Tuesday, September 28, 2010
The spring of 2010 was a real doozy!
Going into March we were anticipating a very dry summer, with almost no snowpack in the mountains. Then the rains came. And they didn't let up until late June. While a blessing for summer irrigation use, it made for a very challenging year on a number of counts:
* Wet soils made springtime soil preparation work difficult, necessitating thoughtful timing
* Pollination of fruit trees was very poor. There was snow and horizontal rain in both April and May. We had no fruit set on our peaches, Asian pears, cherries and Asian plums. Our Apple crop was 30-40% of last years.
* Much of what fruit that did manage to set was beset by scab and other fungal diseases as a result of high humidity.
* Due to wet soils many vegetables were planted 2-4 weeks later than normal. This resulted in some seed crops flowering later than normal, when warmer temperatures fostered poor fertilization. For instance Broccoli pollen dessicates (dries out) over 85 degrees farenheit. So even though we had nice plants, good flower and pollen production, the pollen dried out and we had nearly no seed set. Hence my 2 broccoli seed crops wound up as crop failures. Urrghh...so much beautiful broccoli let go to seed only to feed sheep!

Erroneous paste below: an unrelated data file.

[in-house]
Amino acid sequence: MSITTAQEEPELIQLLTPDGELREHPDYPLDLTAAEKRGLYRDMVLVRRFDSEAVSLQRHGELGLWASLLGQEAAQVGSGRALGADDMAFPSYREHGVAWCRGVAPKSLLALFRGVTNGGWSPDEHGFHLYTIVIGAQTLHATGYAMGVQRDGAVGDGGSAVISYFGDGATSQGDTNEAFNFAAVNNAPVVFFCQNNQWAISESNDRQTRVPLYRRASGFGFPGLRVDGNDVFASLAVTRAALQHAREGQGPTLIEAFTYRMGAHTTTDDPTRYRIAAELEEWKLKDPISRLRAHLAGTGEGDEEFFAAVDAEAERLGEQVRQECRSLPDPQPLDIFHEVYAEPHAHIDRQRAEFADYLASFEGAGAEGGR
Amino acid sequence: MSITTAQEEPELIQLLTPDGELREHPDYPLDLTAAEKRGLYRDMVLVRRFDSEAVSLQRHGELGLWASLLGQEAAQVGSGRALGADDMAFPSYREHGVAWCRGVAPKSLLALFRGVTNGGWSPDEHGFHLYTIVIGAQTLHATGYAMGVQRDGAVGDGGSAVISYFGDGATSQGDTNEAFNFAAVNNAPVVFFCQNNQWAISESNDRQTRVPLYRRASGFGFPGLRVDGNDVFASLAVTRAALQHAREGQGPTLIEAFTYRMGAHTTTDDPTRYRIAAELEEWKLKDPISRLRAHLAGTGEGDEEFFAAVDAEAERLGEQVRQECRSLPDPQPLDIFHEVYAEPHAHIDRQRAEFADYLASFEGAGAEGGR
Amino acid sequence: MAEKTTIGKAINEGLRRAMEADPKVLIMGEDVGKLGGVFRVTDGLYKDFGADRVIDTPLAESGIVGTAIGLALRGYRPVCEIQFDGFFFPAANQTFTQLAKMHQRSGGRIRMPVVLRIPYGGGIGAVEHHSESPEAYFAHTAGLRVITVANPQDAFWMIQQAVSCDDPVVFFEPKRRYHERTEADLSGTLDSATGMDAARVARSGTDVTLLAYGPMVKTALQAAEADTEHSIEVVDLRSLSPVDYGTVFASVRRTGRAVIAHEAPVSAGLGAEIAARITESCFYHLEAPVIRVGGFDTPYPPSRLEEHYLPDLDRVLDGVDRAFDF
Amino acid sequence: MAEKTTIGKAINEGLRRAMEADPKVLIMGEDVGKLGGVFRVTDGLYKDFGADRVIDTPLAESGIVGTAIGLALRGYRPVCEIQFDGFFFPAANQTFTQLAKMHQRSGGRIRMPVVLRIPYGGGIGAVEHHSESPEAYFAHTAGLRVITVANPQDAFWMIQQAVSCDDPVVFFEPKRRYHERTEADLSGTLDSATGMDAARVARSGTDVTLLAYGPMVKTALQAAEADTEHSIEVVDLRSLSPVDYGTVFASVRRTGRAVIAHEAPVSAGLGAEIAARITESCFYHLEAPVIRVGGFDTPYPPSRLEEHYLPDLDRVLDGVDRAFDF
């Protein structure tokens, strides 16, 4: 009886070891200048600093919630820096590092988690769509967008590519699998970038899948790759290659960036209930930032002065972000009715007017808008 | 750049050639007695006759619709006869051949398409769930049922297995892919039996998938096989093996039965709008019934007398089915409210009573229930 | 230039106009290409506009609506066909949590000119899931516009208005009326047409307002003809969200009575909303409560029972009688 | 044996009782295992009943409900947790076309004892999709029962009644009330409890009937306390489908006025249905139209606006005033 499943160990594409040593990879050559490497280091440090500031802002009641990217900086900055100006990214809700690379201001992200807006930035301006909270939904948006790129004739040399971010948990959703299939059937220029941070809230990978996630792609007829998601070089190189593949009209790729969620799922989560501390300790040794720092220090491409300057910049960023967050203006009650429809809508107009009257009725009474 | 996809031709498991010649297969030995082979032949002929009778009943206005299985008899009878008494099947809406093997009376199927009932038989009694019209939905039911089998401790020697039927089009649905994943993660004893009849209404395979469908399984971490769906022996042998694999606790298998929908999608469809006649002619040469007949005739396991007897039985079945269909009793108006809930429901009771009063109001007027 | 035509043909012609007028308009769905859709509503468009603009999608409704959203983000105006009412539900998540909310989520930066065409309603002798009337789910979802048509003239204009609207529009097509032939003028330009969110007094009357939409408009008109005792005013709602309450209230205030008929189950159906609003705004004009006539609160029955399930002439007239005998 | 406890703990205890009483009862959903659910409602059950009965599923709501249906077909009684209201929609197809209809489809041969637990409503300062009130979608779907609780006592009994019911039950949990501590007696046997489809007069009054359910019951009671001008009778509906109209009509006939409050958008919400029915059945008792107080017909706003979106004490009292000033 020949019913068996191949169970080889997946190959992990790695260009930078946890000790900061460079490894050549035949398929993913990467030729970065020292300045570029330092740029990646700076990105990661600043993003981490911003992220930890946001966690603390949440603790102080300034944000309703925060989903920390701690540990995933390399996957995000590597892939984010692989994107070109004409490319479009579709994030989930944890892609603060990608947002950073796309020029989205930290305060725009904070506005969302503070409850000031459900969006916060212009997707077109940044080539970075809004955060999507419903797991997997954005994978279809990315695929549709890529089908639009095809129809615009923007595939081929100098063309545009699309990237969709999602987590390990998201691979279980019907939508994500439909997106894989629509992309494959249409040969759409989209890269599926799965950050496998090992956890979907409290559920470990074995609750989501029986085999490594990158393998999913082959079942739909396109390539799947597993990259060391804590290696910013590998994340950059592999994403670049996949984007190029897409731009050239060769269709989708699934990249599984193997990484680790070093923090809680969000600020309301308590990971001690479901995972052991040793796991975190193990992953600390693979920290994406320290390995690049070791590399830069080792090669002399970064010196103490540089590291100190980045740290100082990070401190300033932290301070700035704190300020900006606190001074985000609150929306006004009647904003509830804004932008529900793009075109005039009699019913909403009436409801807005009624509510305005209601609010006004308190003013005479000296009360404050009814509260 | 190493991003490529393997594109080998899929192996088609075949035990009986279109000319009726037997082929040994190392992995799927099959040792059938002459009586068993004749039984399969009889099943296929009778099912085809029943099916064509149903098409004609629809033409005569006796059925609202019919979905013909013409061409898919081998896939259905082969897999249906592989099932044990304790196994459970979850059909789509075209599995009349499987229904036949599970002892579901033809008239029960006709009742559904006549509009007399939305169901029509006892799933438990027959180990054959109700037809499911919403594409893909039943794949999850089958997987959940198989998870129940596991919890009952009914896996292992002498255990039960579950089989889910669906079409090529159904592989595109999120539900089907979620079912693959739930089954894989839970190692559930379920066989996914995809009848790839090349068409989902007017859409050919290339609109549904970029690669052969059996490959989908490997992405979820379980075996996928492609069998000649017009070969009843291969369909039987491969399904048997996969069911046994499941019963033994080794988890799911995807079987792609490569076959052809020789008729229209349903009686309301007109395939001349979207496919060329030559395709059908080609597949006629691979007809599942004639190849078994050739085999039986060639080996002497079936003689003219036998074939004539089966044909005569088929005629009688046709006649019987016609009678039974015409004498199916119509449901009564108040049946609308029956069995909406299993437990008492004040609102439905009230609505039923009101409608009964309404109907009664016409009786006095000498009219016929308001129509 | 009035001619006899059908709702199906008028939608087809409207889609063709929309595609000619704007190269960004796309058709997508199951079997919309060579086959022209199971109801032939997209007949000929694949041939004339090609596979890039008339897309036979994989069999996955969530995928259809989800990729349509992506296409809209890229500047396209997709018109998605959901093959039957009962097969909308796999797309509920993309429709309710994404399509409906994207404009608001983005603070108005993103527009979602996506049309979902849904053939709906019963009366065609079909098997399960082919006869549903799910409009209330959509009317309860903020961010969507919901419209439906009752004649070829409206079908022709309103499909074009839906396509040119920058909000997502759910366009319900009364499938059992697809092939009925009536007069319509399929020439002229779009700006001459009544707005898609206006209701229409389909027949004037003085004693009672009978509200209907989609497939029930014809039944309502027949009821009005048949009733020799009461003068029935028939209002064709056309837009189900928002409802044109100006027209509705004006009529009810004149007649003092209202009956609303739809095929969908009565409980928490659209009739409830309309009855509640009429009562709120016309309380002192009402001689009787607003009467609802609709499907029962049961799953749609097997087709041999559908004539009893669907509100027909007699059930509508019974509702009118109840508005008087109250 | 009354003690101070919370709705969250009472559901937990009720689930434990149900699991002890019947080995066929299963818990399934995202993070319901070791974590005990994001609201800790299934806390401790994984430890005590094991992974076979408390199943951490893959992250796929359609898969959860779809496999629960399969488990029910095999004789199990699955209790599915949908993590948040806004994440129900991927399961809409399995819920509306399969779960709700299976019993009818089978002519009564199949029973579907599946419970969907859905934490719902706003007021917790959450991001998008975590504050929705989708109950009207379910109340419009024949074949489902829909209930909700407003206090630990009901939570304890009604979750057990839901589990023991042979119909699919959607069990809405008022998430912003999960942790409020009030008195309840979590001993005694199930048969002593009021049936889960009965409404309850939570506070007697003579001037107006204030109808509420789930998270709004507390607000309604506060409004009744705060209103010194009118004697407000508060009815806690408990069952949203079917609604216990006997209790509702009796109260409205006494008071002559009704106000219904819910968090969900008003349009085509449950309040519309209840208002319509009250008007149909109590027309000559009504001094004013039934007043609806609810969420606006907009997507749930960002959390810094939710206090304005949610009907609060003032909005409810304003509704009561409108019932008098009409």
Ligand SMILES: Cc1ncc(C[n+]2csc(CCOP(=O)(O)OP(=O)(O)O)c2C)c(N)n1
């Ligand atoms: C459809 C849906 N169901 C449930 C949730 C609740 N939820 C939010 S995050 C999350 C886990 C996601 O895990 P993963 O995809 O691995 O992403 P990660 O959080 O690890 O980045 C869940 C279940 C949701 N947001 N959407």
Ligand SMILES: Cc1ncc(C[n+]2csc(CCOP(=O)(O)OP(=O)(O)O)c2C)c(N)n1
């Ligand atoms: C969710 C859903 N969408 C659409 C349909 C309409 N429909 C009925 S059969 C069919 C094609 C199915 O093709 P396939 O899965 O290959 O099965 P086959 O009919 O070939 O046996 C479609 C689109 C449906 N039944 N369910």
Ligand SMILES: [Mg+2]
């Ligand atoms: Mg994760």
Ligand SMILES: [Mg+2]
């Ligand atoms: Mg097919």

* Once again, with the late planting, many fruiting crops (such as tomatoes, peppers and melons) are maturing so late that we are pushing up against the threat of frost to have enough heat to mature their seed adequately.
As I have come to anticipate these types of experiences as normal in the rough and tumble world of farming. Fortunately, my devotion to diversified permaculture farming ensures that something will grow successfully and keep food on the table and yield seeds to share. It is interesting to contemplate these moments as a farmer who awaits at the virtual "tap" of mother nature waiting fill my cup from her over-running abundance, in anticipation of excess akin to previous years' experience and have the cup only filled part way, climate change, a freak year, or what have you and be able to recognize deeply the intricate relationship that we have woven ourselves and our sustenance into. As climate change weirds our seasonal patterns we can no longer anticipate the norms of yesterday. Rather we must diversify further and become more creative with season extension techniques and permaculture food system approaches. When we grow our Riverspirit Rainbow flour corn we try and grow a 2 year supply every year to cover the off years when summer is short or the corn worms, raccoons or crows indulge themselves on an inordinate amount of our harvest. I am beginning to get the feeling that we are going to have to do this with more crops as we drift into this increasingly brave new world. In the meantime let's save the seeds that the incredible green goddess gifts us with!